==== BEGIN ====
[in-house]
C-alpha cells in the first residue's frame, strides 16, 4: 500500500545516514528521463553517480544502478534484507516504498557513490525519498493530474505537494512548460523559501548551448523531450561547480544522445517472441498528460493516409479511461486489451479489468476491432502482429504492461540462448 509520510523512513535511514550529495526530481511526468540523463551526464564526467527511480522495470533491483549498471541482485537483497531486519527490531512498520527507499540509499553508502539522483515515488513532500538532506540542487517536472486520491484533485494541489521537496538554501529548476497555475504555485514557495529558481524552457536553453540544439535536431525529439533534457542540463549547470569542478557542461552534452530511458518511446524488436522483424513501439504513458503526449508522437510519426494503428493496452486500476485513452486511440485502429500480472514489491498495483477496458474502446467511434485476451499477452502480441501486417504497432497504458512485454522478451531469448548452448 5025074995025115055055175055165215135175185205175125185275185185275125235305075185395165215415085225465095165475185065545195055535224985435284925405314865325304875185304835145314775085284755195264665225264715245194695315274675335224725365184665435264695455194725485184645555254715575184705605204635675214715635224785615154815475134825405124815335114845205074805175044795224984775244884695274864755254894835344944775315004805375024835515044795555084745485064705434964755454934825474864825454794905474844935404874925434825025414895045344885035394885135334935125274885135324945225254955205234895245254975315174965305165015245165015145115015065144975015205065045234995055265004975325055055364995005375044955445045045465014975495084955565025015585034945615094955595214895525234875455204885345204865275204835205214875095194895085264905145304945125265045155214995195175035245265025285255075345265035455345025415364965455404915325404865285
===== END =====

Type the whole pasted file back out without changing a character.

[in-house]
C-alpha cells in the first residue's frame, strides 16, 4: 500500500545516514528521463553517480544502478534484507516504498557513490525519498493530474505537494512548460523559501548551448523531450561547480544522445517472441498528460493516409479511461486489451479489468476491432502482429504492461540462448 509520510523512513535511514550529495526530481511526468540523463551526464564526467527511480522495470533491483549498471541482485537483497531486519527490531512498520527507499540509499553508502539522483515515488513532500538532506540542487517536472486520491484533485494541489521537496538554501529548476497555475504555485514557495529558481524552457536553453540544439535536431525529439533534457542540463549547470569542478557542461552534452530511458518511446524488436522483424513501439504513458503526449508522437510519426494503428493496452486500476485513452486511440485502429500480472514489491498495483477496458474502446467511434485476451499477452502480441501486417504497432497504458512485454522478451531469448548452448 5025074995025115055055175055165215135175185205175125185275185185275125235305075185395165215415085225465095165475185065545195055535224985435284925405314865325304875185304835145314775085284755195264665225264715245194695315274675335224725365184665435264695455194725485184645555254715575184705605204635675214715635224785615154815475134825405124815335114845205074805175044795224984775244884695274864755254894835344944775315004805375024835515044795555084745485064705434964755454934825474864825454794905474844935404874925434825025414895045344885035394885135334935125274885135324945225254955205234895245254975315174965305165015245165015145115015065144975015205065045234995055265004975325055055364995005375044955445045045465014975495084955565025015585034945615094955595214895525234875455204885345204865275204835205214875095194895085264905145304945125265045155214995195175035245265025285255075345265035455345025415364965455404915325404865285